Tau Ceti is a video game published in 1985 by CRL for the ZX Spectrum and converted to the Amstrad CPC, Amstrad PCW, Atari ST, Commodore 64, and MS-DOS. It was designed and programmed by Pete Cooke. The world, set on Tau Ceti III orbiting Tau Ceti, is displayed using 3D graphics with shadow effects. The planet has a day and night cycle.

Tau Ceti
Atari ST box art
Developer(s)CRL Group PLC
Publisher(s)CRL Group PLC
Designer(s)Pete Cooke, Chris Newcombe (128K Spectrum enhancements)
Platform(s)Amstrad CPC, Amstrad PCW, Atari ST, Commodore 64, MS-DOS, ZX Spectrum
Release1985: Spectrum
1986: Atari ST, Amstrad, C64
1987: MS-DOS
Genre(s)Action, simulation

Tau Ceti: The Special Edition, was released for the 128K Spectrum and Amstrad CPC in 1987, with extra coding by Chris Newcombe. A sequel, Academy, was released in 1986.

Origins and development edit

The origins of Tau Ceti and its game engine came from Cooke attempting to work out how the spheres in the game Gyron, released by Firebird Software for the ZX Spectrum in 1985, had been created:

...for a long while it had puzzled me how on earth they did the spheres. It obviously couldn't be a sprite because they didn't have enough memory to have that many sprites.

I finally twigged that they must have used a table of line widths, and I thought about it a bit, then realised I could split it three quarters and a quarter, and then it would look like a shadow.

I just went away and played with that for quite a long while and got it so that I had the sun in the sky and the shadow in the right place. And it sort of came from that, really.[1]

Having created the basics of a game engine, Cooke had to decide on a scenario for his new game:

It was all made up as I went along. I know a bit about astronomy, so I looked around for a likely location - because the way the routine works meant it couldn't be in space; you couldn't have the sun above because the line-draw routine wouldn't work, it would have to be on the surface of a planet. And I thought 'Right, it can't be Earth because it looks a bit barren for Earth, it's got to be another planet.' So I looked round for nearby stars that might be inhabited and Tau Ceti had a nice-sounding name.[1]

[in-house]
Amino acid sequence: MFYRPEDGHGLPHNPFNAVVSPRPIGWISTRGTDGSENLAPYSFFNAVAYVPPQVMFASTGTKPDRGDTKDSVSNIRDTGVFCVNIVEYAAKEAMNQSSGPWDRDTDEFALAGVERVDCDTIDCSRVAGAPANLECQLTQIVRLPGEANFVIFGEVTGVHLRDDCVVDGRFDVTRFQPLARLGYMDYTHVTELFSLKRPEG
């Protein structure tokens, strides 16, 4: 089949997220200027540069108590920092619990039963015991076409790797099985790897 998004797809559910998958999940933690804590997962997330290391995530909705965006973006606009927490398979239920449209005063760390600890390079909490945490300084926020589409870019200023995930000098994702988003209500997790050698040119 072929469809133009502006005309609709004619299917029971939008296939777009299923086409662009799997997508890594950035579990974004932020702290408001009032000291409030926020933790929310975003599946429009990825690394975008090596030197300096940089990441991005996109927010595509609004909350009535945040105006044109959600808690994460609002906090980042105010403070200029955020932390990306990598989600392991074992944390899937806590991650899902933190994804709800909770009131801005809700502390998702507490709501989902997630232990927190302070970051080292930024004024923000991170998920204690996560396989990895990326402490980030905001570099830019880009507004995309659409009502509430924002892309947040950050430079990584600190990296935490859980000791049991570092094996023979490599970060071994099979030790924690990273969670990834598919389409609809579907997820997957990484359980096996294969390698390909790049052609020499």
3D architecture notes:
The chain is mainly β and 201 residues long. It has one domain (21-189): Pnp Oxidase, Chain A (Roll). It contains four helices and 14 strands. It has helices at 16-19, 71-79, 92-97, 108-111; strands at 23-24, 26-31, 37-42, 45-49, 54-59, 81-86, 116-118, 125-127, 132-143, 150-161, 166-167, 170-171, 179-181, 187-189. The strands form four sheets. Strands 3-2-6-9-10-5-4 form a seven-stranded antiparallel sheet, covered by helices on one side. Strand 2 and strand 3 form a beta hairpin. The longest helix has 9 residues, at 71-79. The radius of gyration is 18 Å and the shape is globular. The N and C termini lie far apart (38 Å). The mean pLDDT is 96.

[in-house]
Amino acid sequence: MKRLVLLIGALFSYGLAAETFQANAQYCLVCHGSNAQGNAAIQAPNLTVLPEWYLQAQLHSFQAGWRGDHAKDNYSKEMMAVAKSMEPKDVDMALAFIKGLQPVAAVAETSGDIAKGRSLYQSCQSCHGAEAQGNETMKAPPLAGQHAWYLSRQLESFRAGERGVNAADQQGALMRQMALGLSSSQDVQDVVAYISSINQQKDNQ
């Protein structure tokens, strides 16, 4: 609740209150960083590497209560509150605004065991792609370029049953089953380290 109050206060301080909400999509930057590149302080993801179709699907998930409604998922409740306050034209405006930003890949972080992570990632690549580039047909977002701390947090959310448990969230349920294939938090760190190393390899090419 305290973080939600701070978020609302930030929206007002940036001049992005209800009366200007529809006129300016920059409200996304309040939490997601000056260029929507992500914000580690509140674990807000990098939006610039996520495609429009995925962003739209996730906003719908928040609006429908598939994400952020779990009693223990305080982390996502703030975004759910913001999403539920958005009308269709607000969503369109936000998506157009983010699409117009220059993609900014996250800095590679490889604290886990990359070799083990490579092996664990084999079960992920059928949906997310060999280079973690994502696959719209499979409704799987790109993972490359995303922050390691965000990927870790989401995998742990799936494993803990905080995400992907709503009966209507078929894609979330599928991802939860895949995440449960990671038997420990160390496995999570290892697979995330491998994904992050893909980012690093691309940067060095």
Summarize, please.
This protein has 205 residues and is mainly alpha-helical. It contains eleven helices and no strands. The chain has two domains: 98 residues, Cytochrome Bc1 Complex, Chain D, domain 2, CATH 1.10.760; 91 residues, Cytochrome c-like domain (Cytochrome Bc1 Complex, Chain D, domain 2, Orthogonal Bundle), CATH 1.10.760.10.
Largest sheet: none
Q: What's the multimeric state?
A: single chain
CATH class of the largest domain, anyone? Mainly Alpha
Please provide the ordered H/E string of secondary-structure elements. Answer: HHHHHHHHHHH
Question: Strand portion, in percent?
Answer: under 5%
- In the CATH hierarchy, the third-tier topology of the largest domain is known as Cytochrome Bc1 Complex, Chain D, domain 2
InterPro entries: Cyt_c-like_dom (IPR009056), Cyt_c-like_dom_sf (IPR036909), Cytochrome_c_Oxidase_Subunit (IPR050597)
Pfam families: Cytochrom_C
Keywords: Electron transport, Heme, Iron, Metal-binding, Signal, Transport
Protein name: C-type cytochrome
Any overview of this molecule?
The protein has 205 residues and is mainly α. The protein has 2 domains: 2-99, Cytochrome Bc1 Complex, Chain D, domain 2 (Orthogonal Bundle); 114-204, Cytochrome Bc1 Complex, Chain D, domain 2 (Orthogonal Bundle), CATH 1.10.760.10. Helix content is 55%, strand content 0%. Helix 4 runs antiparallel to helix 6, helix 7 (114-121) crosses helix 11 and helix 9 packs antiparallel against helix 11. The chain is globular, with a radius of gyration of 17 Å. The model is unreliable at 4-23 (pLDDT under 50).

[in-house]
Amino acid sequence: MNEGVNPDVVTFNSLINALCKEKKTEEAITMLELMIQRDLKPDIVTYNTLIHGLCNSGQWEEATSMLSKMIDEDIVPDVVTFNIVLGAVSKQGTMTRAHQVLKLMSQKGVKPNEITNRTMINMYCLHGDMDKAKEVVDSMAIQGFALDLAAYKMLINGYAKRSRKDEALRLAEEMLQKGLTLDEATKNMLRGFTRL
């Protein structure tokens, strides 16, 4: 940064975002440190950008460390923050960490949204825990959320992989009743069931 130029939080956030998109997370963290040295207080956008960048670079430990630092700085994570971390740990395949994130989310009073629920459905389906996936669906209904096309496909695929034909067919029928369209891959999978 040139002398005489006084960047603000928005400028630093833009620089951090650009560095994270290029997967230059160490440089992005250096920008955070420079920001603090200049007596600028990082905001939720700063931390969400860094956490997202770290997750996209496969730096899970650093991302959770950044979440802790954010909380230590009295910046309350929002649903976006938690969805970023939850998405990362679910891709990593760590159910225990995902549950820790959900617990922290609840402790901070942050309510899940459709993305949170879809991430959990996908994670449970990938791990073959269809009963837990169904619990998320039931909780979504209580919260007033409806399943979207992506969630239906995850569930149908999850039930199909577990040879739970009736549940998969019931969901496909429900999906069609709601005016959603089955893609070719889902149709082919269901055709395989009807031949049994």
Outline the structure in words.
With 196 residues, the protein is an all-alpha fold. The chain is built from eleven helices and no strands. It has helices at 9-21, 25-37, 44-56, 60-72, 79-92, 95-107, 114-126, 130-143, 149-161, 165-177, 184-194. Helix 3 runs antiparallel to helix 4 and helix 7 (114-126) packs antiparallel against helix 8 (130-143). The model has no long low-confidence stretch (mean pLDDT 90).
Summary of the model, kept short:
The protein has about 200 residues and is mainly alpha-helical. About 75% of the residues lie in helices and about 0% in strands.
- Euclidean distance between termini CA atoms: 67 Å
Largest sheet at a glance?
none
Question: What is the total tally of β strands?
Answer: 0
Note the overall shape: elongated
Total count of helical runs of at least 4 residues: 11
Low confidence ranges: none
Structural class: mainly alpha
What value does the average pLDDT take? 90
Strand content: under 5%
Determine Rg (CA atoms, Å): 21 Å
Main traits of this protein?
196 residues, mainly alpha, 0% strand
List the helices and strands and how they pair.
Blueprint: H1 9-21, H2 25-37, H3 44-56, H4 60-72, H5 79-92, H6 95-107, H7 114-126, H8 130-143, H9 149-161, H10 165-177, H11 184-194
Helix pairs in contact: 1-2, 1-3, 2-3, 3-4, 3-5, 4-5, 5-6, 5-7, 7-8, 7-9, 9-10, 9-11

Cooke was also inspired when writing Tau Ceti by the works of the science-fiction writers Larry Niven and Isaac Asimov,[2] and the space-simulator Elite.[3]

Plot edit

Humanity has spread out and colonised nearby star systems but a plague in 2150 led to the colonies being abandoned and left to their automated robotic maintenance systems. While several of these colonies have been successfully re-inhabited, the colony on the planet Tau Ceti III (orbiting the star Tau Ceti) has been uncontactable since a meteor smashed into the planet. A mission sent to Tau Ceti III in 2164 landed on the planet but broadcast a mayday message followed by silence. Experts decided that the planet's robots were running amok as a result of the meteorite impact. The only chance, it was decided, of successfully stopping the defence systems without destroying the cities already there is to send a single pilot in an armoured Gal-Corp skimmer to the planet's surface with the task of shutting down the central reactor in Tau Ceti III's capital, Centralis.

Gameplay edit

Atari ST gameplay

The planet Tau Ceti III consists of several cities which themselves consist of clusters of buildings with their defensive laser towers and patrolling robot Hunter ships. The player's skimmer can dock with some of these buildings and find parts needed to help shut down the central reactor as well as refuel and find vital information. The cities themselves can be travelled to by means of a "jump pad" which makes the long trips between them much quicker.

When taking the long trip between cities, a bug in the Amstrad CPC version meant players stayed in the same city when next using a jump pad. This can be used as an advantageous way of returning quickly to the center of the map, without traveling back through every city. This also allowed the player to jump to non-existent cities off the map[citation needed].

The gameworld is displayed in a 3D view from the skimmer. As well as displaying these 3D graphics, Cooke's game engine renders them with simple shadows in order to simulate the day and night cycle of Tau Ceti III. These days are much shorter than Earth's consisting of one spin of the planet per hour with sixteen "spins" to a Cetian day.